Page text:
Governor Wolf Announces Funding to Help Northumberland County Eliminate Blight August 03, 2018 SHARE Email Facebook Twitter Economy, Infrastructure, Press Release Harrisburg, PA – Today, Governor Tom Wolf announced new funding to eliminate blight in municipalities across Northumberland County, revitalizing communities and bringing the potential for further economic development in the area.“Strong communities help to build a strong economy and my administration is committed to addressing blight and has invested in community redevelopment that enhances this goal,” said Governor Wolf. “Northumberland County has developed a unique blight elimination strategy. This investment will support the ongoing blight elimination efforts in Northumberland County and will greatly increase the quality of life for residents.”The Housing Authority of Northumberland County was awarded a $750,000 grant to support the county’s “Fight the Blight” initiative. The county will acquire and demolish approximately 60 blighted and abandoned properties in the county that will be redeveloped for commercial and housing purposes. Additionally, the housing authority will rehabilitate ten additional blighted structures to be sold to modest-income homebuyers. The project continues the highly successful effort launched by the housing authority in 2011 to work cooperatively with communities by identifying and prioritizing blighted properties for demolition and rehabilitation.The project is expected to bring economic growth through enhanced property values, a stronger local tax base, and increased commercial and residential development.Supported through the Redevelopment Assistance Capital Program (RACP) program, funding will support critical expansion projects, some of which will provide opportunities for additional economic development.
Under the “shock” scenario, higher inflation would erode the basic state pension by £137 per year in real terms by 2017-18 – compared with staying in the EU – while the “severe shock” scenario would increase this loss to £142 per year, said the analysis.Someone receiving a basic state pension and an average annuity would lose £190 a year in real terms, according to the calculation.The report also predicted declines in house prices and in UK equity and bond prices.It said: “After two years, the total loss of wealth of those aged over 65 would be around £170bn in the shock scenario and £300bn in the severe shock scenario. For a person aged over 65 with the median portfolio of housing and non-pension assets, the loss in wealth is estimated to be around £18,000 in the shock scenario and around £32,000 in the severe shock scenario.”Furthermore, the predicted long-term fall in incomes and profits would mean future pensioners were able to save less for their retirement, and earn lower investment returns, the report said.It calculated that someone currently aged 50 on median earnings, with median defined contribution pension assets, could lose between £3,800 and £5,800 from their pension savings by 2030 under the shock and severe shock scenarios, respectively.Based on current annuity rates, that would mean pensioners losing retirement income of between £223 and £335 per year, compared with remaining in the EU.But former work and pensions secretary Iain Duncan Smith, who supports Brexit, said: “I don’t accept there will be a short-term shock to the UK economy if we leave the EU. When Britain left the European exchange rate mechanism in 1992, instead of being a shock, it was a huge rise in income, and pensions did very well as a result.”Duncan Smith warned of “two big threats of remaining in the EU” for pensions.“They postponed the solvency directive [Solvency II], but it will come back again, and it is estimated their plans will cost UK pensions £400bn,” he said.“Secondly, and even bigger, is the harmonisation directive, which will really do damage.”He also warned that both these directives would be approved under qualified majority voting, so that the UK alone could not stop them. UK pensioners could lose up to £32,000 (€42,050) off their assets if the UK votes to leave the European Union (EU), according to an analysis published by the UK Treasury.But in contrast, a former work and pensions secretary warned that, if the UK stayed within the EU, EU pension directives could inflict major damage on pension funds.The Treasury analysis relies on the conclusion of its own macroeconomic research, which was that “a vote to leave would cause an immediate and profound economic shock creating instability and uncertainty, which would be compounded by the complex and interdependent negotiations that would follow”.George Osborne, chancellor of the Exchequer, said: “That shock would push our economy into a recession and lead to an increase in unemployment of around 500,000, average real wages would be lower, inflation higher, and house prices would be hit compared with a vote to remain.”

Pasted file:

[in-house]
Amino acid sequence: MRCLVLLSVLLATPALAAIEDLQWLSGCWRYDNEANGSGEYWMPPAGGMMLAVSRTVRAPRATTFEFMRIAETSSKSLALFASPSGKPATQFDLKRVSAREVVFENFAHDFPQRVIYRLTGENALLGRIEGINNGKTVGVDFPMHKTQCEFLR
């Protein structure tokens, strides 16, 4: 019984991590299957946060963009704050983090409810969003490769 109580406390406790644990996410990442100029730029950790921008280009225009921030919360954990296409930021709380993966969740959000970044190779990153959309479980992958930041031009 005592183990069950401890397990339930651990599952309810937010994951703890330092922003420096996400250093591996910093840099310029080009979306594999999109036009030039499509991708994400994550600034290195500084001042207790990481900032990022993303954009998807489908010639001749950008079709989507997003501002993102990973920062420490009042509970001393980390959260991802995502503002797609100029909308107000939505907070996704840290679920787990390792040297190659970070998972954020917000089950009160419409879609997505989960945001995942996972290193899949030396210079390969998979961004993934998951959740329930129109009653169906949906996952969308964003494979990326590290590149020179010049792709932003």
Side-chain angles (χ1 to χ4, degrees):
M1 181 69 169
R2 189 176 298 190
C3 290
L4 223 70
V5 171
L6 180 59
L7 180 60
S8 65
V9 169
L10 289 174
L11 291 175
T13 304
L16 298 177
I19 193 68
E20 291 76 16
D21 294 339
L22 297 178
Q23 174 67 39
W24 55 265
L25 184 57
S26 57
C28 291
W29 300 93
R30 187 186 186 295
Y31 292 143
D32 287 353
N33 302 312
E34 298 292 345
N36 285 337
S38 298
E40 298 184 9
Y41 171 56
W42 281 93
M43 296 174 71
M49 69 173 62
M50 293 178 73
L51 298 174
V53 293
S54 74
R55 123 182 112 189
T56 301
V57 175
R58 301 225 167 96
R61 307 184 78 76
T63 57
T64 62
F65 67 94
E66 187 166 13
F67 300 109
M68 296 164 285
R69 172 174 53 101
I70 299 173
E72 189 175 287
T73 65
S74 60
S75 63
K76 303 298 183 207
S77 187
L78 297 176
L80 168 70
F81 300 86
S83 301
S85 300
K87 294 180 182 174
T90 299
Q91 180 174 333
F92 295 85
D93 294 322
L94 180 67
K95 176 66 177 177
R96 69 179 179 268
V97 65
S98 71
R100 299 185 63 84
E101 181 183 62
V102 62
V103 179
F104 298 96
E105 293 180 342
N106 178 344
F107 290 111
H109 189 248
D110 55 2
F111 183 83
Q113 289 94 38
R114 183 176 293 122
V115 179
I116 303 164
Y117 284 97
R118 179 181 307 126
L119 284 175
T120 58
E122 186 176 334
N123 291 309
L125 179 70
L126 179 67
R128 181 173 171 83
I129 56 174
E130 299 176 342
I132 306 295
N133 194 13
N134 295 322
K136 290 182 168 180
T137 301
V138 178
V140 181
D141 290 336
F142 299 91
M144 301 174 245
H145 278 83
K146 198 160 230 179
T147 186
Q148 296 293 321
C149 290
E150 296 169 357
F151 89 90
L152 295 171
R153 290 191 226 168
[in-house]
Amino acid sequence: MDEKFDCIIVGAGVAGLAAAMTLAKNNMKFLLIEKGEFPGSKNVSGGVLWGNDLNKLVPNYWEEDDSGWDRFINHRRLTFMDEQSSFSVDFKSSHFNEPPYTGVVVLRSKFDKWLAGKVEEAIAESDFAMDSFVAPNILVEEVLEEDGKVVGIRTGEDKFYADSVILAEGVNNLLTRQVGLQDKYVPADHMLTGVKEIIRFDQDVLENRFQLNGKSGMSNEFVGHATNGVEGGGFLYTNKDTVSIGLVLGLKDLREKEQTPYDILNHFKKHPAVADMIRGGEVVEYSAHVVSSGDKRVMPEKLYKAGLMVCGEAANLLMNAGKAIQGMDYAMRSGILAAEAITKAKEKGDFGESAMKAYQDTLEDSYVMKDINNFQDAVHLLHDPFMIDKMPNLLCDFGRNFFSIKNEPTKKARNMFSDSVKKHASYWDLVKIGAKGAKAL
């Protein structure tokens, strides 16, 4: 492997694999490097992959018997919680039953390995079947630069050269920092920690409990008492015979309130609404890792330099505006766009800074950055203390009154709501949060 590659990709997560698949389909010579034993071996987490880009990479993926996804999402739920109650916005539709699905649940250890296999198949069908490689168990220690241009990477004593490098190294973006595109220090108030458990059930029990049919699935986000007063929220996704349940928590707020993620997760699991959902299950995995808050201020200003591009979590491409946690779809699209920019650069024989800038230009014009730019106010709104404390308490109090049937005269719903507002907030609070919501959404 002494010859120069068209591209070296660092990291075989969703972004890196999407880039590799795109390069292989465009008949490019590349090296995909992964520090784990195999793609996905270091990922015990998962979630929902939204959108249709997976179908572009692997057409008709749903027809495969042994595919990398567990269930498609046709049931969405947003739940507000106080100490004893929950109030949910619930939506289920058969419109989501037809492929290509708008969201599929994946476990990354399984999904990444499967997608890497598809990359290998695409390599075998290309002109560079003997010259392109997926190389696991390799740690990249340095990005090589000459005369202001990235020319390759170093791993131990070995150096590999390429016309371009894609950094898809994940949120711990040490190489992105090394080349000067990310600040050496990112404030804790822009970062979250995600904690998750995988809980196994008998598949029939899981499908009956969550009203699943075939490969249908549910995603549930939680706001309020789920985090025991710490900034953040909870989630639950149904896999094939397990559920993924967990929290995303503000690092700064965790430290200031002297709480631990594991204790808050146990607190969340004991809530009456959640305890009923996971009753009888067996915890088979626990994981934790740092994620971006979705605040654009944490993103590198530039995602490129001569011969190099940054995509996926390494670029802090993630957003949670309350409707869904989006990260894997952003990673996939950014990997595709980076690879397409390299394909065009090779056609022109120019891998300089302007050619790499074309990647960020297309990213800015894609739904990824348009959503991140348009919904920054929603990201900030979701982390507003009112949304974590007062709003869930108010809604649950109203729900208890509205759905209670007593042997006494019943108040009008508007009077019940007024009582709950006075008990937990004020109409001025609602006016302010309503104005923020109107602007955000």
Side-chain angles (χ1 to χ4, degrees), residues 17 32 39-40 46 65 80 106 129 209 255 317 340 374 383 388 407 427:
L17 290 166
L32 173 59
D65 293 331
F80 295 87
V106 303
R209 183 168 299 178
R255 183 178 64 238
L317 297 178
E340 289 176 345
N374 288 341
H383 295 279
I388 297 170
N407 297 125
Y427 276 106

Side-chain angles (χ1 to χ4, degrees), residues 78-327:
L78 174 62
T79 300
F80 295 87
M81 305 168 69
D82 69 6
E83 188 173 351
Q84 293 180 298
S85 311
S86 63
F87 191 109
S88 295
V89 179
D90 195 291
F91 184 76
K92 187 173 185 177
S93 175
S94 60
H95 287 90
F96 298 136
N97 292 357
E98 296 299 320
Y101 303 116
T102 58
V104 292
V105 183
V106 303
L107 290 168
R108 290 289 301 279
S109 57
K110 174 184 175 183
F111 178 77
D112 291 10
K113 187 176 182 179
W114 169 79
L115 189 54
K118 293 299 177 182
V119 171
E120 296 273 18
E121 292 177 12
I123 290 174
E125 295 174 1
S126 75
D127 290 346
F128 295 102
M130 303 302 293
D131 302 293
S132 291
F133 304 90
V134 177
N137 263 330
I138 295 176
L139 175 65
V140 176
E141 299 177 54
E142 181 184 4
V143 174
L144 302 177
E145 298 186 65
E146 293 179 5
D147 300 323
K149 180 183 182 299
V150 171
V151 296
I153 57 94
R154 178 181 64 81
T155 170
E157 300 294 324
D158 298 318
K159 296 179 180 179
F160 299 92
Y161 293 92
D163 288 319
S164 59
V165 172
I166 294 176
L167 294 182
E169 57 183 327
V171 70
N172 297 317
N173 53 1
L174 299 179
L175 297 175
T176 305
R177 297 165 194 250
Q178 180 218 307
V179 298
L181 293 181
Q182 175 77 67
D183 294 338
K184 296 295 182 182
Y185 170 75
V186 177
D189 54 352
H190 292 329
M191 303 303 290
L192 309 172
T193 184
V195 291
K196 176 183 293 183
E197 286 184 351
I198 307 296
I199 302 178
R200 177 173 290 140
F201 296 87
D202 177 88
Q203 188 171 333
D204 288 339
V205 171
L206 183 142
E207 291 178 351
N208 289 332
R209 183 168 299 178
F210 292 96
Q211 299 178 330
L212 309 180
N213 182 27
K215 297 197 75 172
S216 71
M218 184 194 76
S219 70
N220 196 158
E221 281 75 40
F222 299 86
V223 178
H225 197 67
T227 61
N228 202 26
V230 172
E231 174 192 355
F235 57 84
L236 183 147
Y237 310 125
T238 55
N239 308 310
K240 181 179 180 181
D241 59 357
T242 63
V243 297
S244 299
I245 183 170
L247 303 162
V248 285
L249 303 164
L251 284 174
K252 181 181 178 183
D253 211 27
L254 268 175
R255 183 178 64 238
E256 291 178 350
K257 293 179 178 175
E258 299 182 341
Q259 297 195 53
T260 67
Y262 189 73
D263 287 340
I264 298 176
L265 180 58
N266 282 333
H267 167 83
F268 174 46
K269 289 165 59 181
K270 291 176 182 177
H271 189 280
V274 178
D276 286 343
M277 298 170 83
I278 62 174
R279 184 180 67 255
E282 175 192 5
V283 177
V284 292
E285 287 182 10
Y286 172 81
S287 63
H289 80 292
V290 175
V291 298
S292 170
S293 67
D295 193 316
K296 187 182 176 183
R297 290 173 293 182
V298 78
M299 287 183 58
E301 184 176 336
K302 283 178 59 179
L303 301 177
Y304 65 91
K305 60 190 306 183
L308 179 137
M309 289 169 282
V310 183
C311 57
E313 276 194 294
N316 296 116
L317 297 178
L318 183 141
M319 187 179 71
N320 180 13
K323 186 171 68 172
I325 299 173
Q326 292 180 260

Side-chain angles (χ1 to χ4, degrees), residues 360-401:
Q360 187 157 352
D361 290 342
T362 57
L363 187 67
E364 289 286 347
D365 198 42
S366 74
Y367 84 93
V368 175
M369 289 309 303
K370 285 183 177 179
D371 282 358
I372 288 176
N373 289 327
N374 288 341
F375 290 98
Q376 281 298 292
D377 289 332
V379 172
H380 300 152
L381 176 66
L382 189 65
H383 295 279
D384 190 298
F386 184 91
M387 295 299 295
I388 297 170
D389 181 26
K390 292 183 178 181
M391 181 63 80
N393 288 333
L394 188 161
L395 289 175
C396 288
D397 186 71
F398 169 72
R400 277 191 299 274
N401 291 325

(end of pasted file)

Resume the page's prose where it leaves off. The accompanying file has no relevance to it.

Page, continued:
DT: What would you say was the highlight of the Pac-10 championships?Popov: For me personally it was the playoffs in the end. I had a really good last round and I played okay the last two holes. I made a bogey on 17 so I kind of got caught up on that hole a little. I had to go into the playoffs and tied with [UCLA’s] Tiffany Lua and that was just very exciting for me because it was a nice way to finish a tournament. Daily Trojan: How did it feel winning both the team and individual titles at the Pac-10 championships?Sophia Popov: It was pretty exciting, mostly to win the team title because that was what we were really aiming for, and that was my main goal. We have been working really hard this season and we have won a couple of tournaments so we thought, ‘Let’s win that Pac-10 title.’ Winning it individually was great especially since it was my second one in a row. DT: What are your hopes for the upcoming NCAA regionals?Popov: For me, it’s to win with the team again. Obviously I want to play well individually. My expectations are high, but I know myself — no player can just keep it up that well. I just want to get a top finish and try to be satisfied with my game there and hopefully win with the team, and for the NCAAs pretty much the same. DT: Despite losing junior Lisa McCloskey, ranked third in the country, on the final day of competition due to injury, USC still came out on top. In what ways did her absence affect the team, if at all?Popov: I knew her back was bad because I was rooming with her and she was really not doing very well, so I had this feeling that she wasn’t going to be able to play because she was in a lot of pain. And so our coach just comes to us on the driving range before we teed off and said, ‘I think Lisa is not going to make it today.’ But I knew we still had four players and we can still score really low, so if we just hang in there, just play for Lisa, then that’s all we can really do. It was tough, but us four players showed we could shoot really low without her. So it was a loss definitely, but we could pull through pretty well. The No. 1 USC women’s golf team has been playing above par all season.Last week, the team won the 2011 Pac-10 championship, its fourth in program history and first since 2008.Not only did the Women of Troy take home the team title, but freshman Sophia Popov captured the Pac-10’s individual title.The Daily Trojan sat down with Popov to hear her thoughts on the season so far.Freshman sensation · Freshman Sophia Popov captured an individual Pac-10 championship, USC’s fourth ever in program history. – Photo courtesy of Sports Information DT: You are a freshman this year, but have already proven yourself as a valuable member of the team. How has your first year on the team been and what have you taken away from it?Popov: It’s been pretty great. It was kind of funny — my first tournament didn’t go very well. I played pretty bad because it took a little time to get used to everything here and it’s different from Europe. But I got my game up pretty fast. I won at Stanford in the fall and now I won two back-to-back tournaments, so obviously it’s been really good and I’ve jumped up the rankings now, too. I’m kind of overwhelmed by my game right now, but I’m trying to just keep my focus for the next two tournaments and hopefully I keep the momentum going. DT: How would you describe the course you and the rest of the team played on during the competition?Popov: The course was rather open and kind of challenging because it was kind of windy. In Arizona, it’s kind of like a desert course but it was a nice course. It was pretty wide, really tough greens. It wasn’t the most difficult course, but it was definitely challenging because of the wind and the conditions we had.